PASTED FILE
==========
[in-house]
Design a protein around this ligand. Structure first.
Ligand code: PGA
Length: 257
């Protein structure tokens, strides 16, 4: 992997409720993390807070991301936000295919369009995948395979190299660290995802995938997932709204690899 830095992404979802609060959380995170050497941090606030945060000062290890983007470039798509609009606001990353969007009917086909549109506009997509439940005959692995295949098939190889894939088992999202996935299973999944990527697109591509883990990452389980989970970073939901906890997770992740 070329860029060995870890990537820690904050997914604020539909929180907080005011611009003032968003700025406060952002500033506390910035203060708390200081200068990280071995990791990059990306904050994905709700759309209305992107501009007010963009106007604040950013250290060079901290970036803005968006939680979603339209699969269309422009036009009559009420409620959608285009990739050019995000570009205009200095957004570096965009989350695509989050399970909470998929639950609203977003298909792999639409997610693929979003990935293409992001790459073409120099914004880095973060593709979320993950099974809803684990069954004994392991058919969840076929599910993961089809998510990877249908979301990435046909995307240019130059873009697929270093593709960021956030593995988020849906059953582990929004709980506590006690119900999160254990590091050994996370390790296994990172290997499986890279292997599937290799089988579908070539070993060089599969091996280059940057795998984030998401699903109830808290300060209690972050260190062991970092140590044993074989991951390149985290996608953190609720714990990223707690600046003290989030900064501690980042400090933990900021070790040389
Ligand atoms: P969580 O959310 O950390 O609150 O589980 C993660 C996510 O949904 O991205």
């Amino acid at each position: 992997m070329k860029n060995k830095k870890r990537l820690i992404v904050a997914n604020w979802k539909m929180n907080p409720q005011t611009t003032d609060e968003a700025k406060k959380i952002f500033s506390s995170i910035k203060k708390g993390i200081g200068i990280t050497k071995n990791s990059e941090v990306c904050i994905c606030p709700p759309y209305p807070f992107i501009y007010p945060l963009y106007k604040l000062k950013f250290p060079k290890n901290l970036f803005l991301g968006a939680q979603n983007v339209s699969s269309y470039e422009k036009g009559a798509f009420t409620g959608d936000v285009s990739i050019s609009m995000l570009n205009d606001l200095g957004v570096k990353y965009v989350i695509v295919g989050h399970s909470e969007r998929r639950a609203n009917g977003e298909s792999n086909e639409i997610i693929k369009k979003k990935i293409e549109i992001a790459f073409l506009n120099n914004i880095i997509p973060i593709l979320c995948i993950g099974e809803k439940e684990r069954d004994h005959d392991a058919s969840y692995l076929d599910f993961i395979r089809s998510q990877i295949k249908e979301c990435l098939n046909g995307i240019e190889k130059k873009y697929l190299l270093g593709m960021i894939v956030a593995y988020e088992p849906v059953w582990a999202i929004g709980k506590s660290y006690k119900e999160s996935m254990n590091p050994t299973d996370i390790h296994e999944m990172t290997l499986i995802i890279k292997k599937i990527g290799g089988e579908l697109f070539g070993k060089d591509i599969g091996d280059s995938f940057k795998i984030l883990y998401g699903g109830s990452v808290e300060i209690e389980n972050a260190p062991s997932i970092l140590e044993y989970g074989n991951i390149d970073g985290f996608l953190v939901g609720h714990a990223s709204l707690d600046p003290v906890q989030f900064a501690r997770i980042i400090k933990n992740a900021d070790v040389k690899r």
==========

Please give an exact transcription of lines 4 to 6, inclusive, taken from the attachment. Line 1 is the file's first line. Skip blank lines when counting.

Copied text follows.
Length: 257
């Protein structure tokens, strides 16, 4: 992997409720993390807070991301936000295919369009995948395979190299660290995802995938997932709204690899 830095992404979802609060959380995170050497941090606030945060000062290890983007470039798509609009606001990353969007009917086909549109506009997509439940005959692995295949098939190889894939088992999202996935299973999944990527697109591509883990990452389980989970970073939901906890997770992740 070329860029060995870890990537820690904050997914604020539909929180907080005011611009003032968003700025406060952002500033506390910035203060708390200081200068990280071995990791990059990306904050994905709700759309209305992107501009007010963009106007604040950013250290060079901290970036803005968006939680979603339209699969269309422009036009009559009420409620959608285009990739050019995000570009205009200095957004570096965009989350695509989050399970909470998929639950609203977003298909792999639409997610693929979003990935293409992001790459073409120099914004880095973060593709979320993950099974809803684990069954004994392991058919969840076929599910993961089809998510990877249908979301990435046909995307240019130059873009697929270093593709960021956030593995988020849906059953582990929004709980506590006690119900999160254990590091050994996370390790296994990172290997499986890279292997599937290799089988579908070539070993060089599969091996280059940057795998984030998401699903109830808290300060209690972050260190062991970092140590044993074989991951390149985290996608953190609720714990990223707690600046003290989030900064501690980042400090933990900021070790040389
Ligand atoms: P969580 O959310 O950390 O609150 O589980 C993660 C996510 O949904 O991205």